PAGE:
UNIDENTIFIED MALE: I never saw any evidence whatsoever to sustain those allegations.

BARR: I told them it was crazy stuff and they were wasting their time.

SCHNEIDER: President Trump refused to listen, despite Barr repeatedly shooting down the lies.


BARR: The claims of fraud were bullshit, completely bogus and silly based on complete misinformation. I thought, boy, if he really believes this stuff he has, you know, lost contact with -- he's become detached from reality.

SCHNEIDER: Witness testimony portrayed President Trump as grasping at conspiracy theories after he lost the election.

BARR: He said more people voted in Philadelphia than there were voters and that was absolutely rubbish. There was nothing strange about the Philadelphia turnout.

RICHARD DONOGHUE, TRUMP ERA DEPARTMENT OF JUSTICE OFFICIAL: There were so many of these allegations that when you gave him the very direct answer on one of them, he wouldn't fight us on it, but he would move to another allegation.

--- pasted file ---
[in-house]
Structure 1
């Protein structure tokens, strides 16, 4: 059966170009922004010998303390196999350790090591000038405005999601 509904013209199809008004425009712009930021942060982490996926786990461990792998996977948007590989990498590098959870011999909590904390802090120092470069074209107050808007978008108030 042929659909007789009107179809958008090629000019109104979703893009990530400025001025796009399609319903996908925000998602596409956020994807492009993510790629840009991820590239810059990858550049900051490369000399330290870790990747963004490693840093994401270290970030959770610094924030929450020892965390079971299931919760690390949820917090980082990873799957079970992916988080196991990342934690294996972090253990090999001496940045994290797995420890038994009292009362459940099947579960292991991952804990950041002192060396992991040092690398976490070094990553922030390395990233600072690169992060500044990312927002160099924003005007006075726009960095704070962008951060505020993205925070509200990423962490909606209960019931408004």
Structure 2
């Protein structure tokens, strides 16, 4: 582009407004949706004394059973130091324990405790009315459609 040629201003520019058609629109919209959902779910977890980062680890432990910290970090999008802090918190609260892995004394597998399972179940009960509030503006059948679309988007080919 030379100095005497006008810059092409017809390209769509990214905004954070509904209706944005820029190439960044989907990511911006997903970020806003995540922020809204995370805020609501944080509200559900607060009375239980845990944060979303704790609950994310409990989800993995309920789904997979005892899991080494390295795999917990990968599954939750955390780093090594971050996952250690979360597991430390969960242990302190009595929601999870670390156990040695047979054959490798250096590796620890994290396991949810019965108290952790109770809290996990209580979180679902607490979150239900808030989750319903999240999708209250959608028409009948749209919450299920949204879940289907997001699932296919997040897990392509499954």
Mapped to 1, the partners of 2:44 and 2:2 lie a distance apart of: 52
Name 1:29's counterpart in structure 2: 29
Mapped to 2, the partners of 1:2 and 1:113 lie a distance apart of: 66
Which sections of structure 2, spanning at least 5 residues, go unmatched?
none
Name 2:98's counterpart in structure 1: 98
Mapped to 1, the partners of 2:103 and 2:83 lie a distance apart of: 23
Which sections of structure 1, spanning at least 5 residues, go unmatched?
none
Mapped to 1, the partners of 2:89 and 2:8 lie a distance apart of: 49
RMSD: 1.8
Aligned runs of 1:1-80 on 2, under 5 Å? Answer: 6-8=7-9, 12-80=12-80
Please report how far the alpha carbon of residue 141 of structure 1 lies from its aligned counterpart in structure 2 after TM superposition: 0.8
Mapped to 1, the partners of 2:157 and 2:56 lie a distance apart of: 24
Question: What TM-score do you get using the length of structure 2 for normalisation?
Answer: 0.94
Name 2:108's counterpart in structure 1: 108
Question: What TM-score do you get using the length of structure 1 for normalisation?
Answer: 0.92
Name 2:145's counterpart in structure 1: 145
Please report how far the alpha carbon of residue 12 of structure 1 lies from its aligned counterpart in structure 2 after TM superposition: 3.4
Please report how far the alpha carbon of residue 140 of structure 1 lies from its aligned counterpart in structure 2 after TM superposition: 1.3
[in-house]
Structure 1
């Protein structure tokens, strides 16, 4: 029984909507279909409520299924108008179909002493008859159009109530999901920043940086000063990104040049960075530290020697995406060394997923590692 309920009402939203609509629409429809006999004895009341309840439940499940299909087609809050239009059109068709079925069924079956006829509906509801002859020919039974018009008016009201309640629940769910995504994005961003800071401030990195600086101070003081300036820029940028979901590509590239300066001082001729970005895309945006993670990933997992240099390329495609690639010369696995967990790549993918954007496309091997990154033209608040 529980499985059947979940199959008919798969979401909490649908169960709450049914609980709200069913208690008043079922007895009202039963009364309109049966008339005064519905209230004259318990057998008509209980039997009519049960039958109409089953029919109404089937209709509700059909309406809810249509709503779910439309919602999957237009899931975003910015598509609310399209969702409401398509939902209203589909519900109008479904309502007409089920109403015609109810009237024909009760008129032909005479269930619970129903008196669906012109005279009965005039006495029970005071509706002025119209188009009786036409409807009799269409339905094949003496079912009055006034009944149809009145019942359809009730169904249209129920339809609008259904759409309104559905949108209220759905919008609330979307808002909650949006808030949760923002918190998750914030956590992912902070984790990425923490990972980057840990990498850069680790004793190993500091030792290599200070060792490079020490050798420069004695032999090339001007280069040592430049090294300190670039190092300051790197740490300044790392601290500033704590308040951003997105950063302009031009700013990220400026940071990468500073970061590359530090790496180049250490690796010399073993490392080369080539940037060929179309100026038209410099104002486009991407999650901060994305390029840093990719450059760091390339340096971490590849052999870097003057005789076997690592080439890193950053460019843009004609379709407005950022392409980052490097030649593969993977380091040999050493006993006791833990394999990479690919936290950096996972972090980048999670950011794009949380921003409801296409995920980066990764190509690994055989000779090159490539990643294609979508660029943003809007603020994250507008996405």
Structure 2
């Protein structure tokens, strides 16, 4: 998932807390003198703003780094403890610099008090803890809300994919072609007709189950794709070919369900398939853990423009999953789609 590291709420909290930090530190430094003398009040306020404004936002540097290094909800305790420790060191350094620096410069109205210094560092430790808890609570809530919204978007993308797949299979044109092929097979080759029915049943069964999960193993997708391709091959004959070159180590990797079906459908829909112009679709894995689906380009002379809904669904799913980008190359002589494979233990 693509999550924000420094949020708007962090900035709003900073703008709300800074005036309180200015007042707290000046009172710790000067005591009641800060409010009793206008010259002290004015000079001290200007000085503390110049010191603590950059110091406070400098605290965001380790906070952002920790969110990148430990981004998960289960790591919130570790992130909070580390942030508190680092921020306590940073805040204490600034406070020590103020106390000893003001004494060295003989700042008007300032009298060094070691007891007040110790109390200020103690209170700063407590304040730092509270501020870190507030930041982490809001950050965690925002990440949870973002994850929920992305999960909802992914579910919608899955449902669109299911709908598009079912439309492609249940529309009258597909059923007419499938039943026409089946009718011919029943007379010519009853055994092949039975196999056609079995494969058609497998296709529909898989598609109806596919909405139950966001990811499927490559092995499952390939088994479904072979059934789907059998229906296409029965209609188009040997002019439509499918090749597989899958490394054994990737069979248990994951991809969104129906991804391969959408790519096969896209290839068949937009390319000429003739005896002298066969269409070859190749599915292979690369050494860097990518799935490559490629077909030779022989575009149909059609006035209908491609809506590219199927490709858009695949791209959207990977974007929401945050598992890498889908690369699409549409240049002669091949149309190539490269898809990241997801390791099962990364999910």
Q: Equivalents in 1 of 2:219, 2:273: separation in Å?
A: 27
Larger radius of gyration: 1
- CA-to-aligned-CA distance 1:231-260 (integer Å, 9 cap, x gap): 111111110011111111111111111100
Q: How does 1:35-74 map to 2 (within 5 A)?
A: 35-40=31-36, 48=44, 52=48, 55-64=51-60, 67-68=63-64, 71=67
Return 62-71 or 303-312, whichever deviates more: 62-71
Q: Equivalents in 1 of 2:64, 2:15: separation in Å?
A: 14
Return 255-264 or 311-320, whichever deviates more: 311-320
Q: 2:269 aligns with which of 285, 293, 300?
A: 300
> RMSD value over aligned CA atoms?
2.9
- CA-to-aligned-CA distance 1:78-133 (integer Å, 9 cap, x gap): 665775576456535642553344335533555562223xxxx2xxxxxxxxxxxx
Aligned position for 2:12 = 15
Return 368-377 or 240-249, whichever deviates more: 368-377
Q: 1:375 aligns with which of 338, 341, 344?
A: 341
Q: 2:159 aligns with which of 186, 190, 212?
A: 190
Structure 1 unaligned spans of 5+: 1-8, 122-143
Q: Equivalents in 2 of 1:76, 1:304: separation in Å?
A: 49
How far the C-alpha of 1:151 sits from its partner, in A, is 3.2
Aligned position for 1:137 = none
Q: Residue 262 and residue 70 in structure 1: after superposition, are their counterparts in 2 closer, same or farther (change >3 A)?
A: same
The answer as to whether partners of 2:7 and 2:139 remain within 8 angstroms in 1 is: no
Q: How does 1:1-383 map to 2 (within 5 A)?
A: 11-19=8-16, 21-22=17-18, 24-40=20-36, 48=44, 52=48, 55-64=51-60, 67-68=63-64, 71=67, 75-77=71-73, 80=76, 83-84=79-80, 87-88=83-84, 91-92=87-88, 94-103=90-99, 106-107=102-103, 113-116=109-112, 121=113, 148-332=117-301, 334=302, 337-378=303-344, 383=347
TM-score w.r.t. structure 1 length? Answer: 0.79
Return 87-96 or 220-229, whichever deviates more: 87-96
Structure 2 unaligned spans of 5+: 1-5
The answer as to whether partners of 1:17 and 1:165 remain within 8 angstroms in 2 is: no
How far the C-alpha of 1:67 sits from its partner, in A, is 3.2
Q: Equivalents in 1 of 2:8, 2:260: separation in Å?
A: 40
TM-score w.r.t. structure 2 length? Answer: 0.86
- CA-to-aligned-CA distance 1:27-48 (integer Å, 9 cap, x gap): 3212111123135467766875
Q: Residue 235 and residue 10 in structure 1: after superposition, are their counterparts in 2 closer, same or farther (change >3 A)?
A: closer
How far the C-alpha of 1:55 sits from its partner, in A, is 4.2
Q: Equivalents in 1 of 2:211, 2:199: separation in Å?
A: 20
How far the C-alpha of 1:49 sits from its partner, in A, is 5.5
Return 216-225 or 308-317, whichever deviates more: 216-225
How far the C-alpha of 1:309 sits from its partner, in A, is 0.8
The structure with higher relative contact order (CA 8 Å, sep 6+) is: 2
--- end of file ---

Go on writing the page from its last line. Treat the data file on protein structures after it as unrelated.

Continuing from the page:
SCHNEIDER: Stepien said he considered himself part of, quote, team normal on the Trump campaign, as oppose to Rudy Giuliani's team, which included former Trump adviser Peter Navarro who were pushing multiple false claims.

ALEX CANNON, FORMER TRUMP CAMPAIGN MANAGER: I mentioned at that time that Chris Krebs had recently released a report saying the election was secure and I believe Mr. Navarro accused me of being an agent of the deep state working with Chris Krebs against the president.

SCHNEIDER: Pushing the big lie turned out to be highly lucrative. The committee alleging Trump raised $250 million from donors based on those lies.

UNIDENTIFIED FEMALE: On November 9, 2020, President Trump created a separate entity called the Save America PAC. Most of the money raised went to this newly created PAC, not to election related litigation.

SCHNEIDER: The committee saying $5 million of the $250 million went to the company that put on the January 6th rally at the ellipse near the White House. That morphed into a march on the capitol and ultimately, the insurrection.


SCHNEIDER (on camera): And Congresswoman Zoe Lofgren even claims the committee has evidence that Trump's family members personally benefited from that money that was raised. Erin, Congresswoman Lofgren says that Kimberly Guilfoyle, the fiancee of Donald Trump Jr., she says that she was paid $60,000 as a speaking fee to speak at the ellipse of that rally before the January 6th Capitol attack.

Erin, we reached out to Kimberly Guilfoyle, but so far, no comment.